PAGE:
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An Emergency Dentist Discusses Facts of Oral Emergencies
An oral emergency is an oral health concern that suddenly occurs or worsens and shows severe symptoms that require prompt treatment from an emergency dentist. While many feel as if they can make a judgment call as to whether or not an issue is considered an oral emergency, it is helpful to know useful facts about when to seek treatment and how such treatment works.
Oral emergency facts
Every emergency dentist has their own way of defining and treating oral emergencies, but there are certain facts that are consistent. The following are four facts about oral emergencies, including how they are defined, how the treatment works and how to avoid future emergencies.
There are many types of oral emergencies
Many people think a typical oral emergency is a blow to the face that results in bleeding and possibly a chipped or knocked-out tooth. While injury to the face often does require emergency dental treatment, it is just one of many different types of oral emergencies. Other issues that may require a trip to the emergency dentist include:
- Severe toothache
- Chips and cracks
- Extruded tooth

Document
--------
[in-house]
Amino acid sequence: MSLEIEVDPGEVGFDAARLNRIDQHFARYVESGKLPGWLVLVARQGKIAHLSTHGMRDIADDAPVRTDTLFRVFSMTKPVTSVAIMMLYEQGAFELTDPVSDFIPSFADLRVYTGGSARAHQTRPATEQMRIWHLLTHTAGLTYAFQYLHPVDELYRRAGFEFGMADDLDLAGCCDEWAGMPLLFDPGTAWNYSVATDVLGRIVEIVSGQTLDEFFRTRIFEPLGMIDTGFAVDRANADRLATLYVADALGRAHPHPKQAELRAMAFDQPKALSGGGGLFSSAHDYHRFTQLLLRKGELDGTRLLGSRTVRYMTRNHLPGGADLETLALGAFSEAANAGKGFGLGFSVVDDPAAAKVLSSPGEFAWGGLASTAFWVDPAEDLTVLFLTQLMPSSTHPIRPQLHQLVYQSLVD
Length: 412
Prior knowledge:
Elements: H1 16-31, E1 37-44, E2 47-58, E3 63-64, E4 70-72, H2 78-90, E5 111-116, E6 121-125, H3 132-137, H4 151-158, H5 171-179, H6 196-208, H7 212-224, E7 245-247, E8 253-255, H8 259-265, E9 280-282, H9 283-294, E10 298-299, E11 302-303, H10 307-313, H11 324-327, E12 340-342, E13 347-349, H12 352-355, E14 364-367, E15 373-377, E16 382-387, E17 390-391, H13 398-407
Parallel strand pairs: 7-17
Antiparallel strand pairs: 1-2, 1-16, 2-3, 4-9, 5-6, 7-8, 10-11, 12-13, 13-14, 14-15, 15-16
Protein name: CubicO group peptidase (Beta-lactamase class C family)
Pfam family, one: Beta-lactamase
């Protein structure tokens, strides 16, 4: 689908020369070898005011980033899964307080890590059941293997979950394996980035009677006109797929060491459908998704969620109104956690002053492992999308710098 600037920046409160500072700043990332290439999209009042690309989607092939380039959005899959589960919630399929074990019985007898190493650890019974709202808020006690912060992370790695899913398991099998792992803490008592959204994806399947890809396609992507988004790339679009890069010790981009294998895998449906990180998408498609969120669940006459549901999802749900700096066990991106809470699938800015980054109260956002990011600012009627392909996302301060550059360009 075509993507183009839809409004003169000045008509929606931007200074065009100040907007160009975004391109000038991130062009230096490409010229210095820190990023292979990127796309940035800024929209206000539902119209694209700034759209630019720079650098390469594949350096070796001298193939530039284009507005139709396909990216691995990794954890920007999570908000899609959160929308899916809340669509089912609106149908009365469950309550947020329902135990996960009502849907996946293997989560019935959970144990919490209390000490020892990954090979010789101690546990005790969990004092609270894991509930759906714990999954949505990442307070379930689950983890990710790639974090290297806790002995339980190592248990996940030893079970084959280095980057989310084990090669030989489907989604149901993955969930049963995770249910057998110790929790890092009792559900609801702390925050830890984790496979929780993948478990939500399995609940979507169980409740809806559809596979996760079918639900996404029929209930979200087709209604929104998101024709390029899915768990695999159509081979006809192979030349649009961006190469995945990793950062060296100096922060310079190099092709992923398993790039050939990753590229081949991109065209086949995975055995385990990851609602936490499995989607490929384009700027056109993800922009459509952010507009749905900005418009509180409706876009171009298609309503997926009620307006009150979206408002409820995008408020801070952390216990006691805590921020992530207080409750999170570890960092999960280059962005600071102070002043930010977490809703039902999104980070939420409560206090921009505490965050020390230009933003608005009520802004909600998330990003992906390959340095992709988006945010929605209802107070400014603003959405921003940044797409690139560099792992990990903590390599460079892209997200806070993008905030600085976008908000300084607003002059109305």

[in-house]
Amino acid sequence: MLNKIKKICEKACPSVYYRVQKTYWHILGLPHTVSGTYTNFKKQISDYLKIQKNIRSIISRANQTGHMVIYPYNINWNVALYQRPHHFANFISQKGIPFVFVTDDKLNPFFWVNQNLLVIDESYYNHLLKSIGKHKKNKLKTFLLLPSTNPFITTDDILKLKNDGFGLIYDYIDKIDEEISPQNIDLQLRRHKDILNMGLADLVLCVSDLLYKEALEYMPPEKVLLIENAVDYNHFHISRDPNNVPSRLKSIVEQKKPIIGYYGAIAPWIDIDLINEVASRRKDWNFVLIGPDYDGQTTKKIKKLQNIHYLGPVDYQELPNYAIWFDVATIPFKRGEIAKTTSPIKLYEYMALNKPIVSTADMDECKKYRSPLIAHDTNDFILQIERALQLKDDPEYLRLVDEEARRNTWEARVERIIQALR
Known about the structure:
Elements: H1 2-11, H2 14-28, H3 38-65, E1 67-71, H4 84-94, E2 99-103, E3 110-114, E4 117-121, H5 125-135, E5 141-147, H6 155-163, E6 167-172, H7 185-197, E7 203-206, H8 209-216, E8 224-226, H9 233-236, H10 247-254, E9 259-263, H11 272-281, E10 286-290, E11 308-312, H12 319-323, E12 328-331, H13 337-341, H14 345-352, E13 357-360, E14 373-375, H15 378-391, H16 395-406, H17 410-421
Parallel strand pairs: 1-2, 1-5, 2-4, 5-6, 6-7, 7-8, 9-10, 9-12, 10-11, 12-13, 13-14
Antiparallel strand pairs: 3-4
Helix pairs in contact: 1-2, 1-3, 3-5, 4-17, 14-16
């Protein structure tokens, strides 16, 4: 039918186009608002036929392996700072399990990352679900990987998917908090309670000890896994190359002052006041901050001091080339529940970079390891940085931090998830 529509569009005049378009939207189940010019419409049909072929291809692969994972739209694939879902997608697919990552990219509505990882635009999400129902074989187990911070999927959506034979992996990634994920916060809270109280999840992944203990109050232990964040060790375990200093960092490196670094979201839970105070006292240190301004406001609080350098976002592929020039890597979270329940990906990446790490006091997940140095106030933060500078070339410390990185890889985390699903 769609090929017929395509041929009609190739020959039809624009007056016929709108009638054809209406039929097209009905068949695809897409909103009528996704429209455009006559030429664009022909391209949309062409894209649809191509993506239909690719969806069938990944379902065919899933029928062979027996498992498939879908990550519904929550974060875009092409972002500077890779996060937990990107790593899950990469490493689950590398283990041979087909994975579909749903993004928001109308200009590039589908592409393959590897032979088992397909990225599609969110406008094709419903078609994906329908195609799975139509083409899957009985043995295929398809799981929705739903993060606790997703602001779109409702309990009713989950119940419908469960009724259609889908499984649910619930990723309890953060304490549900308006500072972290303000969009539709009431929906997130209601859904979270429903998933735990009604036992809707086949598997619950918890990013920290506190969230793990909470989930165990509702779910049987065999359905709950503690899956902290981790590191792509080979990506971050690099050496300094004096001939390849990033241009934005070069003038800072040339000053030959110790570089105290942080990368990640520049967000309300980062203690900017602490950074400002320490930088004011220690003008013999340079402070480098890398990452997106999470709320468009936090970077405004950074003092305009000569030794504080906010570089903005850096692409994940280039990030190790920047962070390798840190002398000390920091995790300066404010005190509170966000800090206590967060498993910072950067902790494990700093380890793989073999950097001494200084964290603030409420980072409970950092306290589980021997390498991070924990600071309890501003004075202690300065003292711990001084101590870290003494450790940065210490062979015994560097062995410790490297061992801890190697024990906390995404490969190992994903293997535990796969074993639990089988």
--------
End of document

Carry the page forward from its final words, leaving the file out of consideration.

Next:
- Dental abscess
Of course, there are other potential reasons for a visit with an emergency dentist. Essentially, any oral health development or dental injury that results in bleeding, intolerable pain and sensitivity or damage to a tooth requires prompt care.
Emergency care can save a tooth
When teeth are damaged, regardless of the cause, a tooth may be vulnerable to becoming lost. It is important to seek prompt treatment for issues in which the teeth may become lost. This can include cracked, chipped or knocked-out teeth. Avulsed or loose teeth may also need emergency care.
The faster treatment is provided, the higher the likelihood the patient is able to repair the tooth and ensure it is not lost. Even if a tooth is knocked out, there are certain instances where it might be able to be saved.
Treatment before reaching the emergency dentist is important
If the oral emergency is caused by a mouth injury in which there is blood, pain and swelling, then washing the mouth out with salt water and placing gauze to any area that is bleeding is important. You can also use a cold compress to control the pain and swelling.
Many oral emergencies can be avoided
While not every blow to the face is avoidable, many oral emergencies are able to be prevented. Recognize areas in everyday life where teeth might be vulnerable, such as while playing sports, weightlifting or even sleeping. Prevention techniques such as wearing a mouthguard, practicing good oral hygiene and reducing sugar intake can reduce the risk of an oral emergency.
Find out more from an emergency dentist
To learn more about how an emergency dentist can treat oral emergencies and for fast and effective treatment for oral emergencies, give our team a call today. We help patients with a range of issues that require prompt care.
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